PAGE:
Disorders of Sex Development (DSD)
Expert, Compassionate Care for Intersex Children
Children born with atypical sex organs need care from specialists who manage their physical, emotional, and social needs. As their parents, you need the support and guidance that only a team of experts can provide. Our pediatric endocrinologists, pediatric urologists, psychologists, and social workers understand your anxiety and are dedicated to helping you make decisions about your child’s care. Together, we help you face challenges that arise as your child develops and transitions to adulthood. Our holistic, individualized treatment supports you and your child every step of the way.
What Are Disorders of Sex Development?
Children born with disorders of sex development -- also known as differences of sex development -- may have sex organs that aren’t clearly male or female. This may be referred to as ambiguous genitalia. The most common disorders of sex development are:
- Chromosomal disorders, which result from an abnormal number of sex chromosomes
- Hormonal imbalances such as congenital adrenal hyperplasia -- an enlarged clitoris and fused labia caused by a genetic disorder that affects hormone production in the adrenal glands -- or androgen insensitivity, which refers to how the body responds to sex hormones
- Genital abnormalities such as abnormal growth of the penis, scrotum, or clitoris; impaired testicle development; or an absent or atypical vagina
Understanding Your Child’s DSD Treatment Options
We understand you have questions, and we are here to guide you. We help you make educated decisions about your child’s care when they are infants and as they grow to adolescents. We also work with adolescents who are recently diagnosed with differences of sex development after experiencing atypical sexual development. This is a lifelong journey for you and your child, and we are your partners.
- The first step is understanding your child’s condition and determining if it is affecting their physical well-being now or will in the future. For example, if your child cannot urinate properly or their condition increases their risk for testicular cancer as teens, surgery may be recommended. However, this is uncommon; typically, the decision to pursue surgery can be postponed until medically necessary. Your child’s overall health is our main concern.
- More often, your child’s physical health is not immediately affected, and you and your child will begin a long-term relationship with our gender care specialists. Your child’s team may include a pediatric urologist, pediatric endocrinologist, medical ethicist, social worker, and pediatric psychologist. Depending on your child’s age and needs, we also coordinate your child’s care with specialists in neonatology, genetics, pediatric surgery, adolescent medicine, gynecology, and fertility.
- As we get to know you and your child through multiple visits over time, we make sure you understand the impact your treatment decisions will have on your child’s future health and well-being. We explain the ethical, emotional, and psychological considerations of treatment. It’s a purposely slow and methodical process. We want you to be confident in your decision. We want to make sure your child feels comfortable with their body and gender identity when they become adolescents.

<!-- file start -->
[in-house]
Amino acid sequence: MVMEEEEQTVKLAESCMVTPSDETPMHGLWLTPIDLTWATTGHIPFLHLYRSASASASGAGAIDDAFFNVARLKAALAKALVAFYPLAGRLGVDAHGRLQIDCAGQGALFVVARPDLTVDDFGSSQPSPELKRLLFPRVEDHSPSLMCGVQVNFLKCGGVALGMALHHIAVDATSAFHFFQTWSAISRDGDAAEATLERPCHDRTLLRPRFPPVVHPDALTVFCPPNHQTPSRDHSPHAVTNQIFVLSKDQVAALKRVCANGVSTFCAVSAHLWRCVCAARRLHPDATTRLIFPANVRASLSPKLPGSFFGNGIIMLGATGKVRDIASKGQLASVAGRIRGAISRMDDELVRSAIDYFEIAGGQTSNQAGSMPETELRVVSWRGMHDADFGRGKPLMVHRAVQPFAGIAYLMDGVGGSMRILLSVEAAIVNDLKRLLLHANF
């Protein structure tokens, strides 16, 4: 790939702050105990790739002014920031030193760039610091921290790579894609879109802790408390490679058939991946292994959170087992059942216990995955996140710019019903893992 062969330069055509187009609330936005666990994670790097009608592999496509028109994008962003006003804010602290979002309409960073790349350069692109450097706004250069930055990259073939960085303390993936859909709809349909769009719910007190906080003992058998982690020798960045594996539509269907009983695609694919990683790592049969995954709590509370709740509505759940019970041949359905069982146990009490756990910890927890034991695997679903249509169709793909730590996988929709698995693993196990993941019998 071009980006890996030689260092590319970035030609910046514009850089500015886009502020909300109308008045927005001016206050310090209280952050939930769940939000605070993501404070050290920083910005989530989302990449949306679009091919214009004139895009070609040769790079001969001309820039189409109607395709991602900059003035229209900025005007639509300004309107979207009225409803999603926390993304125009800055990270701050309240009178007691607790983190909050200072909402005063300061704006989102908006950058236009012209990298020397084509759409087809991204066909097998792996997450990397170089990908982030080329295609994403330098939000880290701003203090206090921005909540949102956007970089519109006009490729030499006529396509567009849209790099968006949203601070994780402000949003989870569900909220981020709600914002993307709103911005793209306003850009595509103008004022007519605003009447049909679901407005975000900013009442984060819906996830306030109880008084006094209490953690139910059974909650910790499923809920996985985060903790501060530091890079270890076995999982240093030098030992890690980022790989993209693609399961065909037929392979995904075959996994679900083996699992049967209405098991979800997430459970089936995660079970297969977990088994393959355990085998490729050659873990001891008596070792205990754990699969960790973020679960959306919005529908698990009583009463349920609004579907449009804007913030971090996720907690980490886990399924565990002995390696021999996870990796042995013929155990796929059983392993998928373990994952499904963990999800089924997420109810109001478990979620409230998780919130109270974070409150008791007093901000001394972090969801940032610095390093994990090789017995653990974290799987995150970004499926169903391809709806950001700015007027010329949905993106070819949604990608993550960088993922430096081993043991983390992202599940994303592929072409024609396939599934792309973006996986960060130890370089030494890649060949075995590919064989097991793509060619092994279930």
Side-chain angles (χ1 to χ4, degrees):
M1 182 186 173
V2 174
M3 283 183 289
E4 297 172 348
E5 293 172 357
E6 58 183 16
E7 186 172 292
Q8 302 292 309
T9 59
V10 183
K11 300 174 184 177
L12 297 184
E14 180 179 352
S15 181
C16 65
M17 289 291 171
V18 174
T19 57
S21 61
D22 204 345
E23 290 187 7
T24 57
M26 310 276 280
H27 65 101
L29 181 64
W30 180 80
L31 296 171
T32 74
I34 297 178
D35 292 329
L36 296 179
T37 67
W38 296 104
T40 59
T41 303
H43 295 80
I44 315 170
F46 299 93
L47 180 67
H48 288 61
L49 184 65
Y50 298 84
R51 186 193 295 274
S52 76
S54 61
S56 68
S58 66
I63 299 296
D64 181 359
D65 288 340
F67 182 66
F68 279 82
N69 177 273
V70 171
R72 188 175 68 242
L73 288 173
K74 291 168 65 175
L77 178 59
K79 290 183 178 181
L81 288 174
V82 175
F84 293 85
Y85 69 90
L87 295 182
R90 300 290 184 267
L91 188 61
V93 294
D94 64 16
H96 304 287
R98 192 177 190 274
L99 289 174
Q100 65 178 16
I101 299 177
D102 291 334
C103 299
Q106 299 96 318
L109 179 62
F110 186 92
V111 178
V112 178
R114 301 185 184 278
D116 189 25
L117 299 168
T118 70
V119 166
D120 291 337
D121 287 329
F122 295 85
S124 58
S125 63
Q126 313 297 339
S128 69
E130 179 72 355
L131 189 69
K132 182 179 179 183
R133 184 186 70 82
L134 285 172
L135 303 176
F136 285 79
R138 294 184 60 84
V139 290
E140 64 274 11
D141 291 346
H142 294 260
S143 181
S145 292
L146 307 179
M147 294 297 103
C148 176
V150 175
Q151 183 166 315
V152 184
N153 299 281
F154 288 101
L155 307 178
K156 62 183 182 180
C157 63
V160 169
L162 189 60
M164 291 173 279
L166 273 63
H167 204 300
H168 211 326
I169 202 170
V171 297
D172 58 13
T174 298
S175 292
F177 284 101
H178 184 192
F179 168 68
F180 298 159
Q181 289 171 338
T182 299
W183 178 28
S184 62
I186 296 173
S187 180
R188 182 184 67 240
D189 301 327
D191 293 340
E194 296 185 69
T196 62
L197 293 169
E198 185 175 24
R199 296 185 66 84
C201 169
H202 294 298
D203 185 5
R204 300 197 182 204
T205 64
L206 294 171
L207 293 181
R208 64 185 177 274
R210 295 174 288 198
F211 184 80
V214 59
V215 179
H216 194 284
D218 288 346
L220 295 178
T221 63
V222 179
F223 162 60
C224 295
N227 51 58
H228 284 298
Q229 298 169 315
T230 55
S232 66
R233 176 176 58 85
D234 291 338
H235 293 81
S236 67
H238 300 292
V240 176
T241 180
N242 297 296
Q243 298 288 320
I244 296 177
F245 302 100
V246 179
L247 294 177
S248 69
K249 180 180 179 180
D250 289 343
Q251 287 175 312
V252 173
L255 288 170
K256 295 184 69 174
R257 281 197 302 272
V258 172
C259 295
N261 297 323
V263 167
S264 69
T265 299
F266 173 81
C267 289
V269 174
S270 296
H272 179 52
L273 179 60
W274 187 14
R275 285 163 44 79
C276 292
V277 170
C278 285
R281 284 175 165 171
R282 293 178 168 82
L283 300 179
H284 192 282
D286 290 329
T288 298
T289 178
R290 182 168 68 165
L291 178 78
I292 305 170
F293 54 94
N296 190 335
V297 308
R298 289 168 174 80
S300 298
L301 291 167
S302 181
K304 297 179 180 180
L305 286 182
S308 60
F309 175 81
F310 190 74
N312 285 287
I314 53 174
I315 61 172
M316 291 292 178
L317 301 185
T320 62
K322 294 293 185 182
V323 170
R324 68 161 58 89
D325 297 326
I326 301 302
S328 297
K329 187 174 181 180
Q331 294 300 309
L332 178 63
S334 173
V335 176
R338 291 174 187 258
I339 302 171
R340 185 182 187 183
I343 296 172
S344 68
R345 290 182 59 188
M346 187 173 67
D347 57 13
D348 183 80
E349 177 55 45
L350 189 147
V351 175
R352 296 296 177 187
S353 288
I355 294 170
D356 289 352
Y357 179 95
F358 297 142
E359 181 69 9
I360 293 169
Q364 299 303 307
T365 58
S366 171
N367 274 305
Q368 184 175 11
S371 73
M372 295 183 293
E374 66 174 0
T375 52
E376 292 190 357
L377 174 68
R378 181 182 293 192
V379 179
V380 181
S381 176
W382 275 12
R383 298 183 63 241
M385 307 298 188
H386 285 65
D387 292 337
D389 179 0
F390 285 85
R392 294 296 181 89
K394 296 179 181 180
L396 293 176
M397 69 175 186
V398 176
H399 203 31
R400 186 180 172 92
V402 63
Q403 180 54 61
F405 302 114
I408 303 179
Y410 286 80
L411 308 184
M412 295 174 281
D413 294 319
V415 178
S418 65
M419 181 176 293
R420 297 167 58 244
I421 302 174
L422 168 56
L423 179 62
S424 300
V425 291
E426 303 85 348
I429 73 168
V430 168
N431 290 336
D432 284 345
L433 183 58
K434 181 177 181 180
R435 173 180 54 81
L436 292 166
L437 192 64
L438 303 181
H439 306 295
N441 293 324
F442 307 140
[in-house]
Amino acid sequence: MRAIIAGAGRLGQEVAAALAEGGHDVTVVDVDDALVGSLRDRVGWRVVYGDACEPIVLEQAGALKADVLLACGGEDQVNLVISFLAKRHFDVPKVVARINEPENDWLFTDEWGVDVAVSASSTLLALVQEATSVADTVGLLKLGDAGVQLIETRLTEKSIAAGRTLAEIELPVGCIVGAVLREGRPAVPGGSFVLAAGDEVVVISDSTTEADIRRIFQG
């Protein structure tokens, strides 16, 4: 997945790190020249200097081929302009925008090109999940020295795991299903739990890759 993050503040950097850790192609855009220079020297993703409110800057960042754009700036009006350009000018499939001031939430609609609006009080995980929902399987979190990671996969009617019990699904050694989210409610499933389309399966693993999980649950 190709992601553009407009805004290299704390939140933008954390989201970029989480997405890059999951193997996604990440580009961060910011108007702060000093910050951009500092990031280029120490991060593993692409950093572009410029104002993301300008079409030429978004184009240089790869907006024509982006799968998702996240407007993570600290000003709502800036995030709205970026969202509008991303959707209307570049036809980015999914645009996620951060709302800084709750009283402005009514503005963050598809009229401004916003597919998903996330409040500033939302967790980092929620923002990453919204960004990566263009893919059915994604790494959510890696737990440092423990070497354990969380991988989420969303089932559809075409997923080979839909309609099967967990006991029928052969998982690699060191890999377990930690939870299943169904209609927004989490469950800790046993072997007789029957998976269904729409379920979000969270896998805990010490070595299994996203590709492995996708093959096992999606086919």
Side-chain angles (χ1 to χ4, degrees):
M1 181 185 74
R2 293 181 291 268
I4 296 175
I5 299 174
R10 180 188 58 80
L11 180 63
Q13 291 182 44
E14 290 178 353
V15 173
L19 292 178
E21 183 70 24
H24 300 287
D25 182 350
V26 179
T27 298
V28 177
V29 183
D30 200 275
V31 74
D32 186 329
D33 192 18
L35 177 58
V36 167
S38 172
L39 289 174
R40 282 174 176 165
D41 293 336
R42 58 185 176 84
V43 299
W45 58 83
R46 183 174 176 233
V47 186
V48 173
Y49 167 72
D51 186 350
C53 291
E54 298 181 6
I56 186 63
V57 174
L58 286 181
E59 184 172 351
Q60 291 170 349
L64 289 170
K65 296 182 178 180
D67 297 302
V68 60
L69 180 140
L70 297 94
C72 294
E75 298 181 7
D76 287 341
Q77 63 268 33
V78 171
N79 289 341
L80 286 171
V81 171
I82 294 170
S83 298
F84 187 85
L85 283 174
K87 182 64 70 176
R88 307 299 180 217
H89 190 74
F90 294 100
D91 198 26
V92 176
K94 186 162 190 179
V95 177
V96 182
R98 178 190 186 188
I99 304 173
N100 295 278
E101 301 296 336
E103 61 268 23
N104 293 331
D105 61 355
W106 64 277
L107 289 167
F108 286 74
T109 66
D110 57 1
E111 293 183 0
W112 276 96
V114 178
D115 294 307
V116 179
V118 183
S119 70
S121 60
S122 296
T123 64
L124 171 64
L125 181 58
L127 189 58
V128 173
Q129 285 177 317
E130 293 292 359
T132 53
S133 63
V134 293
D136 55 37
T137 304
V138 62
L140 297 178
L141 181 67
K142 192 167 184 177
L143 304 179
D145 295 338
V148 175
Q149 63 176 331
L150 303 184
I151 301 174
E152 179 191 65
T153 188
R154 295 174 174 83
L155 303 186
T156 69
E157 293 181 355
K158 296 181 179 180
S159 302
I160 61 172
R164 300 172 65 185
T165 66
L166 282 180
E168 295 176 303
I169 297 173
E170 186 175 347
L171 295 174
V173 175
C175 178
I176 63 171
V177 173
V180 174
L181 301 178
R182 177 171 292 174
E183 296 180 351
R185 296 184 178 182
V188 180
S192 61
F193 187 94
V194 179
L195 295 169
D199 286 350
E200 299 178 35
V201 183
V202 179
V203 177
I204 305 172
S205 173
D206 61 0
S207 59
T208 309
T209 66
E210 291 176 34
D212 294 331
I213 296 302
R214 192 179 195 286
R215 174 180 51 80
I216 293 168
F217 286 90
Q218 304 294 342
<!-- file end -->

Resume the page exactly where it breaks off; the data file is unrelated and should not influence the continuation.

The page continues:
- Your child’s psychosocial and emotional well-being are critical parts of the process. Our psychologists and behavioral therapists are here for you and your family at every stage of your child’s growth.
- You may also work with our social workers and spiritual care providers, who offer children and families a full range of support, including assistance, education, and referrals to community resources. Our social workers can help you work with school staff if your child needs assistance at school. We also work closely with Duke Law School to offer assistance with legal matters such as changing birth certificates.
Evaluating the Need for Surgery for Disorders of Sex Development
In the appropriate setting, surgery to reconstruct ambiguous or atypical genital organs may be indicated. In addition to correcting physical concerns that may affect your child’s health, surgery may be necessary to allow your child to experience normal sexual function and fertility. Because each child is unique, we develop an individualized treatment plan for every family and every child.
Depending on the reason for surgery, genital surgery on boys may be performed between six and 18 months of age, when penile growth is minimal. Girls may undergo surgery during this time frame; however, vaginal surgeries that affect fertility can wait until after puberty.
Your doctor may also recommend non-surgical techniques, such as gentle vaginal stretching or dilation to correct an atypical vagina, for example.
We spend months discussing the impact of surgery on your child and help you understand when, how, and if surgery should be considered. No decisions are made in isolation; our team members have regular patient care conferences to discuss individualized treatment plans for each child.
If there is no physical concern, we often recommend waiting. Because surgery will have a significant impact on your child’s life, it requires a thorough understanding of all the physical and psychological considerations. You may choose to wait until your child is old enough to make their own decision.
However, if and when you choose surgery for your child, it’s comforting to know that we are recognized for the depth of our expertise. Our pediatric urology and endocrinology programs are nationally ranked by U.S. News & World Report. In addition, Duke Children’s is one of only seven hospitals in the U.S. verified as a level I children's surgery center by the American College of Surgeons. This Level I designation recognizes our commitment to providing the safest and highest-quality surgical care to our young patients.